Wednesday, September 9, 2015

Who is most qualified to write a spy novel?

Here, I think, we have the makings of a genuine religious debate.

The above-linked article mentions Ian Fleming and John Le Carre, both spy novelists who had backgrounds in actual espionage work prior to becoming novelists.

The proof is in the pudding. I’ve read several of Ian Fleming’s books: While the James Bond movies were (and are) great fun, the James Bond novels always seemed a bit hackneyed and sparse to me—more like movie scripts than novels.

John Le Carre’s novels, on the other hand, seem overwritten. Too much superfluous description and Germanic sentence structure. Get on with it, already, I want to say while I’m reading A Most Wanted Man or The Russia House.

By contrast, I’m absolutely wild about the work of Tom Clancy, Vince Flynn, and Brad Thor.

None of these authors are ex-spies. Tom Clancy sold insurance before he broke out with The Hunt for Red October in 1984. Vince Flynn worked as a bartender before his first Mitch Rapp thriller took off. Brad Thor was a television producer.

To the best of my knowledge, Clancy, Flynn, and Thor never even served in the military. But their novels have an authenticity that’s won them worldwide acclaim. Their works are meticulously researched—to the extent that is necessary (more on this point shortly).

Clancy, Flynn, and Thor also brought superior storytelling skills to their books; and I think this is their major advantage. Their books were primarily written to entertain—not to inform. (Note: I keep using the past tense because Vince Flynn and Tom Clancy are both deceased. Brad Thor is alive and well, and is still writing.)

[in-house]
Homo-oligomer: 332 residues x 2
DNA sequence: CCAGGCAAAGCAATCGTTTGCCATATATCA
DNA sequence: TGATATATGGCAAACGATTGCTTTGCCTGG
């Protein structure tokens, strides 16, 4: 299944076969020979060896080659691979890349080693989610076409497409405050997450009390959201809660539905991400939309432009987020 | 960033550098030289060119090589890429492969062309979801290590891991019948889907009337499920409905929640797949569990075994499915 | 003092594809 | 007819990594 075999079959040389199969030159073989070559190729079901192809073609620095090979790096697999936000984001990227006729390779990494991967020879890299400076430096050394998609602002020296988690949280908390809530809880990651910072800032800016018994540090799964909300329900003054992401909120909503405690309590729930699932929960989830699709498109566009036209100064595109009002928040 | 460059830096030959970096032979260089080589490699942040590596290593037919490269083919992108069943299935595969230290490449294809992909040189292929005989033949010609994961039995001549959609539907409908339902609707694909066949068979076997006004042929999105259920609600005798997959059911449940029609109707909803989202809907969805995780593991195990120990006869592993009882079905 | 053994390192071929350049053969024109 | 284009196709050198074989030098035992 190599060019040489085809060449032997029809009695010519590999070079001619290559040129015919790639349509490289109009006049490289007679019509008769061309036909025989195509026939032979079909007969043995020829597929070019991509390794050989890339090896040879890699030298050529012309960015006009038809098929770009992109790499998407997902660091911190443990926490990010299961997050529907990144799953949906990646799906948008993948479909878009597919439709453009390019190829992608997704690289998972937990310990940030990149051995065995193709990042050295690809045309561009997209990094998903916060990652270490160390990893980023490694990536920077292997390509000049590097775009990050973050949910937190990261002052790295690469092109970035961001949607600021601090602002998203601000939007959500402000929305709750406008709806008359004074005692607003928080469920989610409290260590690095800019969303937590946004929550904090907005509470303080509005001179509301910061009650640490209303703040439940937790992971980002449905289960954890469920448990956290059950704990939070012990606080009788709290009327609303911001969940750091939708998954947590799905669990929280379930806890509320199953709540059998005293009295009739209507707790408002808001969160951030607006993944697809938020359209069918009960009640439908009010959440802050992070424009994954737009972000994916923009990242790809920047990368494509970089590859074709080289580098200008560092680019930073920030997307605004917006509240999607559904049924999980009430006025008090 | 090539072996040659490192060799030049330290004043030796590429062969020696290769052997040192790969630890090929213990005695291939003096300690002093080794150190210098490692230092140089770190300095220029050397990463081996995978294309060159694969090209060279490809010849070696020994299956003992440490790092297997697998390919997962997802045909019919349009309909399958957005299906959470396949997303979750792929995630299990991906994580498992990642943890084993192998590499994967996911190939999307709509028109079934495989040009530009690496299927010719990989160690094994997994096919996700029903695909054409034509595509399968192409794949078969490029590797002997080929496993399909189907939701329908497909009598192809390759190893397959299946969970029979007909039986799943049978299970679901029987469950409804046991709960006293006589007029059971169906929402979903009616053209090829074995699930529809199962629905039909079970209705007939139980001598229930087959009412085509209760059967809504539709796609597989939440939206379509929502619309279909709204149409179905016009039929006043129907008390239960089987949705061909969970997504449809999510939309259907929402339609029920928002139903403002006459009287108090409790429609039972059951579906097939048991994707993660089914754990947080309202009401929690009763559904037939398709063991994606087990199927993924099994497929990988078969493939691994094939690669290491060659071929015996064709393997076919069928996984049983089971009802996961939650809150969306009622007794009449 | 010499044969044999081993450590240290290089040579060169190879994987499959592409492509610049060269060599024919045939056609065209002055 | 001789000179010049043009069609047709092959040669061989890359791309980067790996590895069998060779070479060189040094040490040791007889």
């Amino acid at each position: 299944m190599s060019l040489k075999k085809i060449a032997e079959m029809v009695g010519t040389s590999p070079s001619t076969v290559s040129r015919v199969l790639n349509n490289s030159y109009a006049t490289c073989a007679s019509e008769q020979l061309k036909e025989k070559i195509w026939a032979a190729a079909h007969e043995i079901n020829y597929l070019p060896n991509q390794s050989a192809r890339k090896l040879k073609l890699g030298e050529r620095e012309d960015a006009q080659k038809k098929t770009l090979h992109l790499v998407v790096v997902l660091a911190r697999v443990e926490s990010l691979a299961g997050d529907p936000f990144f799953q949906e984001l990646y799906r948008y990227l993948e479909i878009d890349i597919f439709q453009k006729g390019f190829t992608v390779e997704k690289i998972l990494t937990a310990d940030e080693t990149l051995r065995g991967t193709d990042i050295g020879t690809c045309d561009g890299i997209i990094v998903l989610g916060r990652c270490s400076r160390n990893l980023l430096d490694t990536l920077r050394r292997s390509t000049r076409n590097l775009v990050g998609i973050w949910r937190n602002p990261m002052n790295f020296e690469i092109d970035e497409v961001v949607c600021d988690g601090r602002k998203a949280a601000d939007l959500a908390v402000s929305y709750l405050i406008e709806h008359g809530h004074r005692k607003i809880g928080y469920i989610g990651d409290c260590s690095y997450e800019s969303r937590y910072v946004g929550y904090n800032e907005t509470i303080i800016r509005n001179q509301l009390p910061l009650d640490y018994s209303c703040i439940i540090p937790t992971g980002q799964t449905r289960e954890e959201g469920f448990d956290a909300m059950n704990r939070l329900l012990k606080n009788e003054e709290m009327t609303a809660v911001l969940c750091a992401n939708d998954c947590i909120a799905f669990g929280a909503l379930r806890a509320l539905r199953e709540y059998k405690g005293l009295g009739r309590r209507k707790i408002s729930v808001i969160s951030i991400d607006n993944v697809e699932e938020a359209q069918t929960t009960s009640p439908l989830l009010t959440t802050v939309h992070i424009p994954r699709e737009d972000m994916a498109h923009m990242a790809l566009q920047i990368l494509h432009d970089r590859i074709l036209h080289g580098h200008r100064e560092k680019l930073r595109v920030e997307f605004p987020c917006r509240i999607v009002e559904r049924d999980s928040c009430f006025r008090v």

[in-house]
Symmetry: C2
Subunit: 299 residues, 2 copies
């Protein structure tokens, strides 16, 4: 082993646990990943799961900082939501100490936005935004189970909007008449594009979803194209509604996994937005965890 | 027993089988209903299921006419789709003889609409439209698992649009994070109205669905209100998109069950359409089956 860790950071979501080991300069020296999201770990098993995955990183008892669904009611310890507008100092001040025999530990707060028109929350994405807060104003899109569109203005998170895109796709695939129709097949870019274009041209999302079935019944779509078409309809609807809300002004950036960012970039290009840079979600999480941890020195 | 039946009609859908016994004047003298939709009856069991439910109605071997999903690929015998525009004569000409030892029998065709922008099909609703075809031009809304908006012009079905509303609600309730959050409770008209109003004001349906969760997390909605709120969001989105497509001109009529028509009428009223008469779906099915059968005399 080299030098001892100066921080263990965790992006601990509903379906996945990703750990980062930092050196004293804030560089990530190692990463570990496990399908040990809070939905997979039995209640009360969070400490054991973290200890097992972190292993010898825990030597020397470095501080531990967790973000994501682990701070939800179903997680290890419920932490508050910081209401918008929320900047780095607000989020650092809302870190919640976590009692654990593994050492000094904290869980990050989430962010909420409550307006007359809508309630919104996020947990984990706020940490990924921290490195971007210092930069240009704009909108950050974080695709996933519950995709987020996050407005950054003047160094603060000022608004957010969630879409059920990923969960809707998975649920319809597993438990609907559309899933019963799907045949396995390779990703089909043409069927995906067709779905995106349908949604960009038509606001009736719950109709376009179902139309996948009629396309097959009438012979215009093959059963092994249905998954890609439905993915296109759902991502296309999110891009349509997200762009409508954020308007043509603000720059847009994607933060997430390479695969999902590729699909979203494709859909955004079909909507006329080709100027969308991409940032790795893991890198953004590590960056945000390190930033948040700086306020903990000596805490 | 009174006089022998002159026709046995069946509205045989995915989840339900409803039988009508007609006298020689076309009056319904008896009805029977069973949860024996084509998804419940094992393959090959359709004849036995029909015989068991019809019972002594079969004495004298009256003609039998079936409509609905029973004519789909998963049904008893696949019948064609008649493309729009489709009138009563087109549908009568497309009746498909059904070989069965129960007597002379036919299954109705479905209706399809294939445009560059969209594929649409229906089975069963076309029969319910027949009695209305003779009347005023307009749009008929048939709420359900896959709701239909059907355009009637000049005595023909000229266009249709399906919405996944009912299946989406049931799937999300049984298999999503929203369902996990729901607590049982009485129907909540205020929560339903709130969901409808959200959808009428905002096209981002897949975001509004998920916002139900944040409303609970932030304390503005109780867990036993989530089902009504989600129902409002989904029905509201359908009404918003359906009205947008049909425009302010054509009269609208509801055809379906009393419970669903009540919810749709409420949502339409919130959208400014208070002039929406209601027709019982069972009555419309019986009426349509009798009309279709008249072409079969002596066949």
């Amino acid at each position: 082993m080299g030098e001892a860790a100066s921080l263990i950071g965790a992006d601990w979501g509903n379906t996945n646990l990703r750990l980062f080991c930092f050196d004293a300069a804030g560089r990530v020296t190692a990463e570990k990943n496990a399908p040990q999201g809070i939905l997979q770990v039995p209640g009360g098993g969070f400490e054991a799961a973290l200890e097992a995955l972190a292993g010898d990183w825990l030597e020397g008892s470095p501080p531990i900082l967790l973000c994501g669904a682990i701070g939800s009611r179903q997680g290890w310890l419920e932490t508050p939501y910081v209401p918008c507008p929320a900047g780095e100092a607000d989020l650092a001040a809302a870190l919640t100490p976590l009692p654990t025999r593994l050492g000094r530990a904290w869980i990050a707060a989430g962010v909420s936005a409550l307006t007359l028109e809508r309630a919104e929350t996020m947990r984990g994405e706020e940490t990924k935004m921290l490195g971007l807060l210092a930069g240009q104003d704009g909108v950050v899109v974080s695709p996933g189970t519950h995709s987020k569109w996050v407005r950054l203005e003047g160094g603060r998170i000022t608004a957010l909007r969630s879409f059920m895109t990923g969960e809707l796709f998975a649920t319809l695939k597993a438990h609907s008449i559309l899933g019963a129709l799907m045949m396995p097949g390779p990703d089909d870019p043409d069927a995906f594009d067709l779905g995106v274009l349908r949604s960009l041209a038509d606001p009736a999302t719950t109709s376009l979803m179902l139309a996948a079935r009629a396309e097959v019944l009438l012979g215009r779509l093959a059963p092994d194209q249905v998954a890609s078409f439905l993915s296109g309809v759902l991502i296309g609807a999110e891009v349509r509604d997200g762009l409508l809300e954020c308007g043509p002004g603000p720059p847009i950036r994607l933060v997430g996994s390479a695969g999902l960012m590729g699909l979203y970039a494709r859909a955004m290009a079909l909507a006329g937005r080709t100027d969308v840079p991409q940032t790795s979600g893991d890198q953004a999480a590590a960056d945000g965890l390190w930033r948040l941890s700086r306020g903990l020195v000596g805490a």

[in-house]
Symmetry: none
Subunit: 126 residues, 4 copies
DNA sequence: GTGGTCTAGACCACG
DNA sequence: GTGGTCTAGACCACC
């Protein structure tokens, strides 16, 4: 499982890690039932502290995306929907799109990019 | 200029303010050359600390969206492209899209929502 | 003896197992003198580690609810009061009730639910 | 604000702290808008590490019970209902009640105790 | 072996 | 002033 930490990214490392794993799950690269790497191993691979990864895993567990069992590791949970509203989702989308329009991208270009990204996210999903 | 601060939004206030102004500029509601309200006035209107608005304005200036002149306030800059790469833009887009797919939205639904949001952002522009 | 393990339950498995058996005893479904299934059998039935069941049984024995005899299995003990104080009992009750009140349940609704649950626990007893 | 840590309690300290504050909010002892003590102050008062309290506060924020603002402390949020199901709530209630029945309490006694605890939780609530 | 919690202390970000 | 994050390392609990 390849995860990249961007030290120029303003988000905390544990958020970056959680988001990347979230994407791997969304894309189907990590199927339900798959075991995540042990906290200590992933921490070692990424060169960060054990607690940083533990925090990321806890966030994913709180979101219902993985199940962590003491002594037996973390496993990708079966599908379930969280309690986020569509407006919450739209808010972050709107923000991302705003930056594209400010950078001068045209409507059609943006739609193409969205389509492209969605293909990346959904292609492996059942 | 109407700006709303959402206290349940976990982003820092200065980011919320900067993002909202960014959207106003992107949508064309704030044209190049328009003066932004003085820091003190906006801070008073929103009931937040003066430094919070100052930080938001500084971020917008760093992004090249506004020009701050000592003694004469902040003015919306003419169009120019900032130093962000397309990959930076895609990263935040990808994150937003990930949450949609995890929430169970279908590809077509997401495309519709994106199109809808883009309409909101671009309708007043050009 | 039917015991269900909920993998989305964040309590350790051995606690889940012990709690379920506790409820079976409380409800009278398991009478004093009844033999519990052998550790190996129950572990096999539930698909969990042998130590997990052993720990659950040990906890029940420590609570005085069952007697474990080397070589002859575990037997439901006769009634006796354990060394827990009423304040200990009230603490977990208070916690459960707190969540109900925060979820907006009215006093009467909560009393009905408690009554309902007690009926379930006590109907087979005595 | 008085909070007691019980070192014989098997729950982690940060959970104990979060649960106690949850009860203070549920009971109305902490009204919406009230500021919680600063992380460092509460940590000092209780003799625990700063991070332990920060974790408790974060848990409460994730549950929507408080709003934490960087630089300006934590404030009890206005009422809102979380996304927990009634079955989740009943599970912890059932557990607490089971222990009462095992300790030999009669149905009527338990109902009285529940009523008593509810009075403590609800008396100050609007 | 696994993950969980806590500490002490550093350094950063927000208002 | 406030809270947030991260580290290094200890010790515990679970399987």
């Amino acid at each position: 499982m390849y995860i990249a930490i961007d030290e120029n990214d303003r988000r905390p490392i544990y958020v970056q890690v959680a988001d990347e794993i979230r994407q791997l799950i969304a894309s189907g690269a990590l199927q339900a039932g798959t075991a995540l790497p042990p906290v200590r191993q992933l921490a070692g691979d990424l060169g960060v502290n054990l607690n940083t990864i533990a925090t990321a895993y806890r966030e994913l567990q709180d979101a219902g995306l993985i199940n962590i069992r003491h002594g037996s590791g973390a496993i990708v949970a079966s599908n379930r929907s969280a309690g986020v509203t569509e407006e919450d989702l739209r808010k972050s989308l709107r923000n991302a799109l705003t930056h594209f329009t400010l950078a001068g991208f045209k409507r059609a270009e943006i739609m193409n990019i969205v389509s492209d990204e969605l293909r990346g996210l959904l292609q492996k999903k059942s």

Here again, we enter the realm of a literary religious debate: I’ve never had much interest in fiction that contains massive “info dumps”. If I’m after deep information about a particular topic (and often I am) I read nonfiction.

Some readers disagree. They love the mathematical and scientific meanderings in Neal Stephenson’s thousand-page-plus novels. I’m speaking of my own preferences here.

As always, I’m open to questioning my underlying motives as well. Perhaps Ian Fleming’s work left me cold because his novels are dated. And in regard to Le Carre: I will, in the interest of full disclosure, admit that the author’s leftwing politics annoy me.

But I don’t think these are the real impediments to my being a diehard fan of either Fleming or Le Carre. Ernest Hemingway and James Michener were writing some of my favorite novels while Ian Fleming was writing You Only Live Twice and The Man with the Golden Gun. (And anyone who reads this blog with regularity will know that I’m far from being a post-modernist—or even a modernist, some would argue.)

Nor are an author’s politics very important to me, if we’re talking about fiction. If I had a real bias against reading leftwing authors, I wouldn't be a fan of Jonathan Franzen. I’d also burn all the Stephen King novels on my shelf, most of which have been read multiple times.  

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